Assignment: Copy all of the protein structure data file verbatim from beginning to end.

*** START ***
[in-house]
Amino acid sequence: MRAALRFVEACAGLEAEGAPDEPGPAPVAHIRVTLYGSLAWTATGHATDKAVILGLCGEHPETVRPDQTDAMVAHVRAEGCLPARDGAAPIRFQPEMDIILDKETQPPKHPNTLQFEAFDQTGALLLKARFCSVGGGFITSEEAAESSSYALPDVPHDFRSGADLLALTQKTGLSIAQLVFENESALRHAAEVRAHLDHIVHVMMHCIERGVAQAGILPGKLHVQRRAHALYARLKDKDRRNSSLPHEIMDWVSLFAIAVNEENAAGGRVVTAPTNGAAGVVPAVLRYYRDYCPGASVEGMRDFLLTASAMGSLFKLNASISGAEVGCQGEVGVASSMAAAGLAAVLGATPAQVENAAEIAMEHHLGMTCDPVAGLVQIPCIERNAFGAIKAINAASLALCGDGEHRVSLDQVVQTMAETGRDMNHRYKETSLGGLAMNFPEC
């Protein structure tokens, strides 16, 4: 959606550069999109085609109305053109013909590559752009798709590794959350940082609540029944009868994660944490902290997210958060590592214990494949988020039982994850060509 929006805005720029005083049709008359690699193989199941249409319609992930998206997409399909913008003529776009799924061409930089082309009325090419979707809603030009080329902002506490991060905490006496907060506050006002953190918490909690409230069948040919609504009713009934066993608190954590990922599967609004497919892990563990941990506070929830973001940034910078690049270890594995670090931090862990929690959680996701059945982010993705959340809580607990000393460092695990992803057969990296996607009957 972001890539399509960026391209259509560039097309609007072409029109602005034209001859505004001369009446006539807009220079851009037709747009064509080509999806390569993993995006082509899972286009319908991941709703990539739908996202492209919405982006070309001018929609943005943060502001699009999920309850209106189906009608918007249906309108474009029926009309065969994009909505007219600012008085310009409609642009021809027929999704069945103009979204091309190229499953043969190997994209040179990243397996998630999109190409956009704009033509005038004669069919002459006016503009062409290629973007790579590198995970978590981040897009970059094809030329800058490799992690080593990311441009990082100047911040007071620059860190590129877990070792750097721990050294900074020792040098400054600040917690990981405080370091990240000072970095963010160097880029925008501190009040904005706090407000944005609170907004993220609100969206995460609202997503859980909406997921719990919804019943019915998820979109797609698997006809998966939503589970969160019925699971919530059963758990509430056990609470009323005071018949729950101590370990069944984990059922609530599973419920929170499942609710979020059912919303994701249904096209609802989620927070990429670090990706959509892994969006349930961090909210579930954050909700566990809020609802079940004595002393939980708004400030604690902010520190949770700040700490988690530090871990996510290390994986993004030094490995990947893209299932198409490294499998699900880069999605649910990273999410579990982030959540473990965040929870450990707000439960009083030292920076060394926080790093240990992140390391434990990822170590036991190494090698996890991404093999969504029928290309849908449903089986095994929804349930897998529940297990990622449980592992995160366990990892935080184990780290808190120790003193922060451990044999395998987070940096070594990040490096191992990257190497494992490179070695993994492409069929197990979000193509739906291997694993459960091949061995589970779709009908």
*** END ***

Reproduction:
[in-house]
Amino acid sequence: MRAALRFVEACAGLEAEGAPDEPGPAPVAHIRVTLYGSLAWTATGHATDKAVILGLCGEHPETVRPDQTDAMVAHVRAEGCLPARDGAAPIRFQPEMDIILDKETQPPKHPNTLQFEAFDQTGALLLKARFCSVGGGFITSEEAAESSSYALPDVPHDFRSGADLLALTQKTGLSIAQLVFENESALRHAAEVRAHLDHIVHVMMHCIERGVAQAGILPGKLHVQRRAHALYARLKDKDRRNSSLPHEIMDWVSLFAIAVNEENAAGGRVVTAPTNGAAGVVPAVLRYYRDYCPGASVEGMRDFLLTASAMGSLFKLNASISGAEVGCQGEVGVASSMAAAGLAAVLGATPAQVENAAEIAMEHHLGMTCDPVAGLVQIPCIERNAFGAIKAINAASLALCGDGEHRVSLDQVVQTMAETGRDMNHRYKETSLGGLAMNFPEC
């Protein structure tokens, strides 16, 4: 959606550069999109085609109305053109013909590559752009798709590794959350940082609540029944009868994660944490902290997210958060590592214990494949988020039982994850060509 929006805005720029005083049709008359690699193989199941249409319609992930998206997409399909913008003529776009799924061409930089082309009325090419979707809603030009080329902002506490991060905490006496907060506050006002953190918490909690409230069948040919609504009713009934066993608190954590990922599967609004497919892990563990941990506070929830973001940034910078690049270890594995670090931090862990929690959680996701059945982010993705959340809580607990000393460092695990992803057969990296996607009957 972001890539399509960026391209259509560039097309609007072409029109602005034209001859505004001369009446006539807009220079851009037709747009064509080509999806390569993993995006082509899972286009319908991941709703990539739908996202492209919405982006070309001018929609943005943060502001699009999920309850209106189906009608918007249906309108474009029926009309065969994009909505007219600012008085310009409609642009021809027929999704069945103009979204091309190229499953043969190997994209040179990243397996998630999109190409956009704009033509005038004669069919002459006016503009062409290629973007790579590198995970978590981040897009970059094809030329800058490799992690080593990311441009990082100047911040007071620059860190590129877990070792750097721990050294900074020792040098400054600040917690990981405080370091990240000072970095963010160097880029925008501190009040904005706090407000944005609170907004993220609100969206995460609202997503859980909406997921719990919804019943019915998820979109797609698997006809998966939503589970969160019925699971919530059963758990509430056990609470009323005071018949729950101590370990069944984990059922609530599973419920929170499942609710979020059912919303994701249904096209609802989620927070990429670090990706959509892994969006349930961090909210579930954050909700566990809020609802079940004595002393939980708004400030604690902010520190949770700040700490988690530090871990996510290390994986993004030094490995990947893209299932198409490294499998699900880069999605649910990273999410579990982030959540473990965040929870450990707000439960009083030292920076060394926080790093240990992140390391434990990822170590036991190494090698996890991404093999969504029928290309849908449903089986095994929804349930897998529940297990990622449980592992995160366990990892935080184990780290808190120790003193922060451990044999395998987070940096070594990040490096191992990257190497494992490179070695993994492409069929197990979000193509739906291997694993459960091949061995589970779709009908």